- AEG - Airsoft Automatic Electric Guns
- AEP - Airsoft Automatic Electric Pistols
- EBB - Electric Blowback
- NBB - Non Blowback (Gas)
- GBB - Gas Blowback
- GBBR - Gas Blowback Rifle
Above are common acronym which will be referred as Airsoft Guns, the only factor that differentiate one to another are the operation mechanism (gas - batteries - spring) and the extra features (with or without blowback action or feels). The Airsoft Guns provided by us (Ultimate Tactical Sports Malaysia) will be electric operated using a battery pack or commonly known as AEG. an AEG fire about 700 bb's a minute at below 328fps (feet per second). The magazine will hold between 400 to 1'000 bb's but will fire about 30 to 70 bb's before needing winding on.
Airsoft As a Sports
Airsoft Speed / Practical shooting or widely known as Airsoft IPSC Style is a sport which challenges an individual's ability to shoot rapidly and accurately. To do this, shooters take on obstacle-laden shooting courses called stages, some requiring many shots to complete, and others just a few. While scoring systems vary between practical shooting organizations (APS International. Airsoft Practical Shooting International - AA IPSC Div. International Practical Shooting Confederation - ATaC. Airsoft Tactical Competitions), each measures the speed with which the stage is completed, with penalties for inaccurate shooting.
Competitors compete against a course of targets commonly referred to as a stage and are judged on their accuracy and the time it takes them to compete the course. The winner is that person / team who scores the highest accuracy in the quickest time with the least amount of penalties. Generally speaking the course or stage will fall into either a short, medium or long course format. The shooter is overseen by the Range / Marshals /Safety Officer who is responsible for monitoring correct and safe gun handling during the course as well as declaring the time, scores and penalties.
The latest addition to Airsoft Speed / Practical Shooting category is the Dynamic Action Sport (DAS)
Dynamic Action Sport (DAS) is a team based competitive shooting sport; it utilizes cutting edge airsoft technology to present challenging, dynamic, and unique shooting stages for teams to participate in. DAS stages are designed to test competitors' marksmanship and problem solving skills in a reactive, dynamic, 360 degree shooting environment.
Teamwork, communication, and marksmanship skill are all equally necessary for success in Dynamic Action Sport. By utilizing airsoft technology instead of real ﬁrearms, DAS players are able to compete safely in a 360 degree environment with multiple individuals participating collaboratively and concurrently in a single stage.
Association of Competitive Airsoft ( ACA )
Airsoft can be played in a style called “MilSim” which stands for Military Simulations. These games tend to be very long games that have multiple objectives and various ranks of players. This game style will generally stay true real life events that have taken place. Also, a script is usually used to keep the games on track.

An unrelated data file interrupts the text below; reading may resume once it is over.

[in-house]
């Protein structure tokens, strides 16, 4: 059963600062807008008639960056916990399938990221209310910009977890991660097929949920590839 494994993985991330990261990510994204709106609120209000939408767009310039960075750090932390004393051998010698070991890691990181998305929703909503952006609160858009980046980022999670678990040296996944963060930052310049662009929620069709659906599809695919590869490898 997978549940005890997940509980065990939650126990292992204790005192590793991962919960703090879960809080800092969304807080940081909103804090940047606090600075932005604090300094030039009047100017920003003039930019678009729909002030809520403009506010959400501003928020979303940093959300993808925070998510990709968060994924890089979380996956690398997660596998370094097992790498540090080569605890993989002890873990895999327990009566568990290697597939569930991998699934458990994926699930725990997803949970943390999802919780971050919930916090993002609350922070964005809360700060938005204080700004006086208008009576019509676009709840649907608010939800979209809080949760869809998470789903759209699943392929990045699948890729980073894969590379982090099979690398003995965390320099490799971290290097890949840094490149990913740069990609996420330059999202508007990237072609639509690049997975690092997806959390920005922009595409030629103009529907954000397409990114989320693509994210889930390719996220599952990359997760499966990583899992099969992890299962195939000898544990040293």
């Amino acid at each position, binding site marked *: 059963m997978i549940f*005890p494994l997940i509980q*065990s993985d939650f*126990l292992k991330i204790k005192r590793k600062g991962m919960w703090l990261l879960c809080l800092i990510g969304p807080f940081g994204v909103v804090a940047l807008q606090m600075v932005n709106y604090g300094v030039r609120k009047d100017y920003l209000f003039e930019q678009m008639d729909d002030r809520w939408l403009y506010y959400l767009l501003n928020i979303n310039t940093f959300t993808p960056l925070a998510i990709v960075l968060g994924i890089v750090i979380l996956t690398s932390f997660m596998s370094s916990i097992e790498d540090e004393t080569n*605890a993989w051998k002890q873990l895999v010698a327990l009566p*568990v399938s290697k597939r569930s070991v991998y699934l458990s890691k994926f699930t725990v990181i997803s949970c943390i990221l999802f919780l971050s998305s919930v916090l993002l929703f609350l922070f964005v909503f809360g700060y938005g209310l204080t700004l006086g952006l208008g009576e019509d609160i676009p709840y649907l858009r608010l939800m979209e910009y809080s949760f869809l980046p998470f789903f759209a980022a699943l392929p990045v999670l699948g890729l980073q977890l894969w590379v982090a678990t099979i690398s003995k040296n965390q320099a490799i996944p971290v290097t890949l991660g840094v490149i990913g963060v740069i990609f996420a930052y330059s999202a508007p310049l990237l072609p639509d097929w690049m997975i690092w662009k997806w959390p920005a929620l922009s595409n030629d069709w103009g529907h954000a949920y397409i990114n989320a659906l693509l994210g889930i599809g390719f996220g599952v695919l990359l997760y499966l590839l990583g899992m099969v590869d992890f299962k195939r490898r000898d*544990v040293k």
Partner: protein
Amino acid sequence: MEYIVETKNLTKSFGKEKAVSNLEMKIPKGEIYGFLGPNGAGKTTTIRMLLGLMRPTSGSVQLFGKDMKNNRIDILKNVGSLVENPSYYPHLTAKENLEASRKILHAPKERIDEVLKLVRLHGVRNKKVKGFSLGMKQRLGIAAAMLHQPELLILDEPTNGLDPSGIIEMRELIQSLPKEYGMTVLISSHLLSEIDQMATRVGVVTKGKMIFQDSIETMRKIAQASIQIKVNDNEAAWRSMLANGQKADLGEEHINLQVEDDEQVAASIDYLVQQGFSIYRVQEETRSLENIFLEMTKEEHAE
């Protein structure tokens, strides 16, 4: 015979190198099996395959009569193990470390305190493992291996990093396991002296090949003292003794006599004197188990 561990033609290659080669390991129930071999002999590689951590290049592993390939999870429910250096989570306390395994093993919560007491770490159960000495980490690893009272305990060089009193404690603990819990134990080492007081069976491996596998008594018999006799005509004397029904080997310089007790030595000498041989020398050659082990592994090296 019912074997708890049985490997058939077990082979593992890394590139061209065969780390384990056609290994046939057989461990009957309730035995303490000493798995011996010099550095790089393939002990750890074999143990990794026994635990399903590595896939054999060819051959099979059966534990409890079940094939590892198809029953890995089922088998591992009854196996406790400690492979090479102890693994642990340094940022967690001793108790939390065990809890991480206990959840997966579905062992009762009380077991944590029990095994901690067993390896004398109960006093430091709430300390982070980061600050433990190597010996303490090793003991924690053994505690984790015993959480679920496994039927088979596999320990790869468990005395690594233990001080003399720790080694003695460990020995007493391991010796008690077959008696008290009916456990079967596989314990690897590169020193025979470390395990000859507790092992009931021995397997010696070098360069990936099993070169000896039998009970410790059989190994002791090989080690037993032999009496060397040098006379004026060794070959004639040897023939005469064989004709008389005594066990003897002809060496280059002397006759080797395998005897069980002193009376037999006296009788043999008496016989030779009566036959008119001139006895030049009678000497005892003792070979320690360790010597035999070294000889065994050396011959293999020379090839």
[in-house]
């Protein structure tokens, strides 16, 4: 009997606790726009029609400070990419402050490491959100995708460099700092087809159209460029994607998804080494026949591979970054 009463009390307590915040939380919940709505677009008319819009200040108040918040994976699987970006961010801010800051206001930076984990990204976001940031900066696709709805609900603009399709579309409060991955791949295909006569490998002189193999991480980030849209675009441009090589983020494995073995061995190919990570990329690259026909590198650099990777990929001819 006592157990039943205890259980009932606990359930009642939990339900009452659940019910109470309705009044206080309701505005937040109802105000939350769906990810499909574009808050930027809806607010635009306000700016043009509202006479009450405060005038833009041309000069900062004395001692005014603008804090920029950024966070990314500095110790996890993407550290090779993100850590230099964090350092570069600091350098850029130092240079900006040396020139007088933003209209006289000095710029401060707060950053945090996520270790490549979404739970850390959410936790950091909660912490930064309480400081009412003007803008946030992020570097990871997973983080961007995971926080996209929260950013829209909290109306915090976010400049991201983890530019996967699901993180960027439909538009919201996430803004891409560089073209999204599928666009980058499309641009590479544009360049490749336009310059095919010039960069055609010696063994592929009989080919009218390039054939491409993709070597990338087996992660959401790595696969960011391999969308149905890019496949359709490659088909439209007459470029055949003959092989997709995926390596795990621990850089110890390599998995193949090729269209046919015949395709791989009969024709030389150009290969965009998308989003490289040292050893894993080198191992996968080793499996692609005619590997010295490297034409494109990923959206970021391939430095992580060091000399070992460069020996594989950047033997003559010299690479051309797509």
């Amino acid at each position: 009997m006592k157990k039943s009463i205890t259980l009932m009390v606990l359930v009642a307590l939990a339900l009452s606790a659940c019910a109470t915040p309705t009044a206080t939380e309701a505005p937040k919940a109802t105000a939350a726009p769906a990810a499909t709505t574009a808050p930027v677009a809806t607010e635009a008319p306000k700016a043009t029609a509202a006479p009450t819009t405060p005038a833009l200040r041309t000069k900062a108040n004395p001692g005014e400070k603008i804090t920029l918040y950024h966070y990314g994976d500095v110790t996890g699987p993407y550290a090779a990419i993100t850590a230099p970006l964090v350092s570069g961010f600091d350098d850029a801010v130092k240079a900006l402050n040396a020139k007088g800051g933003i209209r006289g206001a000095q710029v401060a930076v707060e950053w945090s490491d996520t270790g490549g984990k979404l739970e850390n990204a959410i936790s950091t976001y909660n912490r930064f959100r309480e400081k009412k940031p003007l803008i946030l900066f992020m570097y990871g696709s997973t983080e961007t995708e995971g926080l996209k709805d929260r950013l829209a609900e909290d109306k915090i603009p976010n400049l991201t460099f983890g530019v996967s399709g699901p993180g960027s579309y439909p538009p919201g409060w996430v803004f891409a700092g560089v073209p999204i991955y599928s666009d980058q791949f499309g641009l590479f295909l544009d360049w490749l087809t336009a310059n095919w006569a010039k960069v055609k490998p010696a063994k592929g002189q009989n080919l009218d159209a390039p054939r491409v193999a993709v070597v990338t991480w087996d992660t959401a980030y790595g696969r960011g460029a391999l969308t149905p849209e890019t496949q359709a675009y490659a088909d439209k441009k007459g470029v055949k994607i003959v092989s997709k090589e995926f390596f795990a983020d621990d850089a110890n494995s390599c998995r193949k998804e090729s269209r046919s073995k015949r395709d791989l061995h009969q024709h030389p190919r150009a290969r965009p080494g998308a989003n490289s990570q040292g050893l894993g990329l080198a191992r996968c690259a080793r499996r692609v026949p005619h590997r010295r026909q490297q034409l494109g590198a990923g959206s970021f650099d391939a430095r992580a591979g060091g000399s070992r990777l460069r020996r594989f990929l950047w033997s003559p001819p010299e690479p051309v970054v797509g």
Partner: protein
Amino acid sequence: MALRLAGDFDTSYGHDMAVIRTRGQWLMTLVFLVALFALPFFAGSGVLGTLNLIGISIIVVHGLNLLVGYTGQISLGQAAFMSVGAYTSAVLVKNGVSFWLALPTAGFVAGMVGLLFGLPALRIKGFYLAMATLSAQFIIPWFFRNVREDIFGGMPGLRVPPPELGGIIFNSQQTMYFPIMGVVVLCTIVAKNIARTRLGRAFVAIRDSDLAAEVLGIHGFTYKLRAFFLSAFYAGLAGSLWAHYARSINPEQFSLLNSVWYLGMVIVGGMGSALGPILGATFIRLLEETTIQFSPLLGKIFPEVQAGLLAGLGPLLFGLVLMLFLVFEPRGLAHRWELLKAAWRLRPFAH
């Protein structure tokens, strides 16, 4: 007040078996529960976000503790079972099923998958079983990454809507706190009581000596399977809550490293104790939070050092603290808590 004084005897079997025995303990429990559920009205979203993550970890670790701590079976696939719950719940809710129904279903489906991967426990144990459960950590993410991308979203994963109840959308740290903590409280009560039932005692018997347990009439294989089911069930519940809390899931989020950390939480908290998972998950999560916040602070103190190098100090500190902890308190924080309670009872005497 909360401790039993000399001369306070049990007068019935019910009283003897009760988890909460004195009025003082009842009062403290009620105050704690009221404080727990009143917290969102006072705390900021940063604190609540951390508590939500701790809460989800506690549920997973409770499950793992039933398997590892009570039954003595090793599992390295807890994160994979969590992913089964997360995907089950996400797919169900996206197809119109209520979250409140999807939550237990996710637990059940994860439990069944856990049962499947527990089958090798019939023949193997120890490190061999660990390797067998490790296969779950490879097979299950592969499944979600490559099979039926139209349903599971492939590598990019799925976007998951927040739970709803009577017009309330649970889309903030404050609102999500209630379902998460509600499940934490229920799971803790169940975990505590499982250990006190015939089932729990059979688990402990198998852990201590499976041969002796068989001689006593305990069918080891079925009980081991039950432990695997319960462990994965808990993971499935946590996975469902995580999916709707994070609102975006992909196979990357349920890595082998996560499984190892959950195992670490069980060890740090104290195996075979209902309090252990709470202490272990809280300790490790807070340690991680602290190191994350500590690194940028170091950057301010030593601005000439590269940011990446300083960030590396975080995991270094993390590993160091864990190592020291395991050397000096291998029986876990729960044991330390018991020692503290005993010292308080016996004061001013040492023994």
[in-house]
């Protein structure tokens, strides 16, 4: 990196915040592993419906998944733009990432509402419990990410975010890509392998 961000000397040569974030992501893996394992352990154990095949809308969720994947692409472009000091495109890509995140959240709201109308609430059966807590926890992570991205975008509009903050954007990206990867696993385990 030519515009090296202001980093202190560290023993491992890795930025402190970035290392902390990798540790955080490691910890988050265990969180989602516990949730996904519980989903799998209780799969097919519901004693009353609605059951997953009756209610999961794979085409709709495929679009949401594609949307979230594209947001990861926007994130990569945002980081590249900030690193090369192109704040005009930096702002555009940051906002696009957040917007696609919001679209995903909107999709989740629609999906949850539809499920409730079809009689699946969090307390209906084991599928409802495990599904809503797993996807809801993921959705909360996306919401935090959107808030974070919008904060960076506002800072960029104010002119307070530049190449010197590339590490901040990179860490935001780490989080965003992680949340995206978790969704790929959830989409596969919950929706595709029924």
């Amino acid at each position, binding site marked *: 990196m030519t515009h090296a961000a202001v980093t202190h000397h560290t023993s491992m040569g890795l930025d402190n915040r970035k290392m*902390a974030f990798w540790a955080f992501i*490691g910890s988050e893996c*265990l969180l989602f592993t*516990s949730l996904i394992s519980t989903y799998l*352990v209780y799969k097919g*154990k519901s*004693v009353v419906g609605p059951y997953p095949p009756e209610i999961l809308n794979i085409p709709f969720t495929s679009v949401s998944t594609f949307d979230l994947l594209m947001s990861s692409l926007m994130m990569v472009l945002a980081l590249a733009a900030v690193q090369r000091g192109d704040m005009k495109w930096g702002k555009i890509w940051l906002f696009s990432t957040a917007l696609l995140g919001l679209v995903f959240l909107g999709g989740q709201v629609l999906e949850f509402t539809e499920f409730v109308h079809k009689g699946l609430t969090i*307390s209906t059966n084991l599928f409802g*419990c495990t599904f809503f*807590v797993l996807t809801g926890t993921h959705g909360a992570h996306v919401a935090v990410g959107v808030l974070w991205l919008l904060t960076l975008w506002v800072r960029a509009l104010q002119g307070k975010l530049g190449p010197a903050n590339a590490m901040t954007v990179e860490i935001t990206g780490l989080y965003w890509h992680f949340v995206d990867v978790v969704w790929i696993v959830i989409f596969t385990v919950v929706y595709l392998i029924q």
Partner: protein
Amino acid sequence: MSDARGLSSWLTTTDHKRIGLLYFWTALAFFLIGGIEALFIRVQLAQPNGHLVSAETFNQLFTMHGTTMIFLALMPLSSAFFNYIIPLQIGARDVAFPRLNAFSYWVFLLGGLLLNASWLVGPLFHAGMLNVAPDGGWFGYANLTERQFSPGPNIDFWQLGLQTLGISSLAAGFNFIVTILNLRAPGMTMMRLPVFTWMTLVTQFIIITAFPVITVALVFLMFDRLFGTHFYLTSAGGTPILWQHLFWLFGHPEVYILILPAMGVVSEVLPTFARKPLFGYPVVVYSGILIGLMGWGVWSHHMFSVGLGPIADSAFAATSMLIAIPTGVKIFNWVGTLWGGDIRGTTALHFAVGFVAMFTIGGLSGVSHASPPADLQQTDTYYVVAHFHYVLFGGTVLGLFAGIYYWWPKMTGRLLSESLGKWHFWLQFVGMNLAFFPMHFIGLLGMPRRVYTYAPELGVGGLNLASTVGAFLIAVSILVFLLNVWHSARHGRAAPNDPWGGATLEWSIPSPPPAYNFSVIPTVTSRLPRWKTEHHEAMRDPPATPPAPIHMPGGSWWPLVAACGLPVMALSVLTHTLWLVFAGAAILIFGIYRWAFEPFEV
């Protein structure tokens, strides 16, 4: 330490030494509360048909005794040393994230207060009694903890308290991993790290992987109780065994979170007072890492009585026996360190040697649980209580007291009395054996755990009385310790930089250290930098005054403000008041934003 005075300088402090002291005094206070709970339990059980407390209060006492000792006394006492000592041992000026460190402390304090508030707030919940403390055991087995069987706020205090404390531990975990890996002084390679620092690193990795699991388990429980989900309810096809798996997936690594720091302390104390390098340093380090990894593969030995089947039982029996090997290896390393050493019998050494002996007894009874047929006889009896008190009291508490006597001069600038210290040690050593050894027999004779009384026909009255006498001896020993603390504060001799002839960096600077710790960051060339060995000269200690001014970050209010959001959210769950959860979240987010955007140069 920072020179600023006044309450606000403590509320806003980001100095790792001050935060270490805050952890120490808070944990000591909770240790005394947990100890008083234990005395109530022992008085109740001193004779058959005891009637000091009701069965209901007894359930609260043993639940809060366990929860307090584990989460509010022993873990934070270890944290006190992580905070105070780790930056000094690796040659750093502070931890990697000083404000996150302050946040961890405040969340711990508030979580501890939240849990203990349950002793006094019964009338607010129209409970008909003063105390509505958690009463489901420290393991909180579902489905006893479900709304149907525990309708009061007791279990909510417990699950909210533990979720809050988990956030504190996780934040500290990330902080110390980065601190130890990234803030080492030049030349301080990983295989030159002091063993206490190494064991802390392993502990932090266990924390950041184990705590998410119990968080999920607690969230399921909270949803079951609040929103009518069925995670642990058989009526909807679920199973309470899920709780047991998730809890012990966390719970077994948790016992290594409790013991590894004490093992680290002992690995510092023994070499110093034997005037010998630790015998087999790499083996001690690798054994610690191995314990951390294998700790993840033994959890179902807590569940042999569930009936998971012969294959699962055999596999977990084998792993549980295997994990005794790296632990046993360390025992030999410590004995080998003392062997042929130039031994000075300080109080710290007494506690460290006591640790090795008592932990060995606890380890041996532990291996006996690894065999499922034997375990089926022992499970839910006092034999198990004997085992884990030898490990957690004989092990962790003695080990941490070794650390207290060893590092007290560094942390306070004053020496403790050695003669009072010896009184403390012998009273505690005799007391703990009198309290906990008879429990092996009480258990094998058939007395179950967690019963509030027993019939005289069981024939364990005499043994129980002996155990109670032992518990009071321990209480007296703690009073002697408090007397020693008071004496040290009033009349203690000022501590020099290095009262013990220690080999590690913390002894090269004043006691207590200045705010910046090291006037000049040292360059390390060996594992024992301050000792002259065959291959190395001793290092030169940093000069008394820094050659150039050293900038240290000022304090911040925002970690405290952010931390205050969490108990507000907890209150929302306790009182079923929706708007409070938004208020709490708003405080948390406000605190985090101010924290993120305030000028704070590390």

Another common style of play is what the Association of Competitive Airsoft offers. ACA stay true to the roots of airsoft using objective based games, but the game pace is much faster than what you would experience in a typical MilSim game. Teams play against each other using team tactics and strategies to complete objectives that are placed before them. Each team has unlimited respawns and must adhere to the ACA rule set.
Airsoft As a Training Tools...
Airsoft was born in Japan during the late 1970s as a hobbyist's solution to the Japanese nationwide civilian firearms ban. Aesthetically designed to emulate real guns, these replicas shoot a plastic 6mm pellet propelled by gas or compressed air. Airsoft today is now used not only for the recreational market of hobbyists, sporting events, and in military simulation, but also considered by some in the Law Enforcement and Military communities as a viable training option.
In comparison to Simunitions and UTMs, Airsoft equipment and ammunition are relatively inexpensive and far safer (though ANSI-rated full seal eye protection should still be used at all times), providing users many more training evolutions than have traditionally been made available.
Airsoft can be a training tool, but it is not a final solution. As technologies develop and airsoft evolves, it may one day be everything that we require of it as an all-encompassing training aid. It is also not designed to replace Simunitions and UTMs, as they clearly have their own essential role in force-on-force training. However, airsoft can be used to supplement training on both a one-way and two-way range. Whether it is used for practicing the fundamentals of marksmanship, weapons manipulation, or force-on-force training, the key to extracting the most out of airsoft as a training aid is to recognize it as a tool, not a toy.
One must also understand the limitations of airsoft as a tool, as well as leveraging its advantages. When employed appropriately, airsoft can provide additional practice and learning experiences which can be added to a shooter's mental toolbox for future use.
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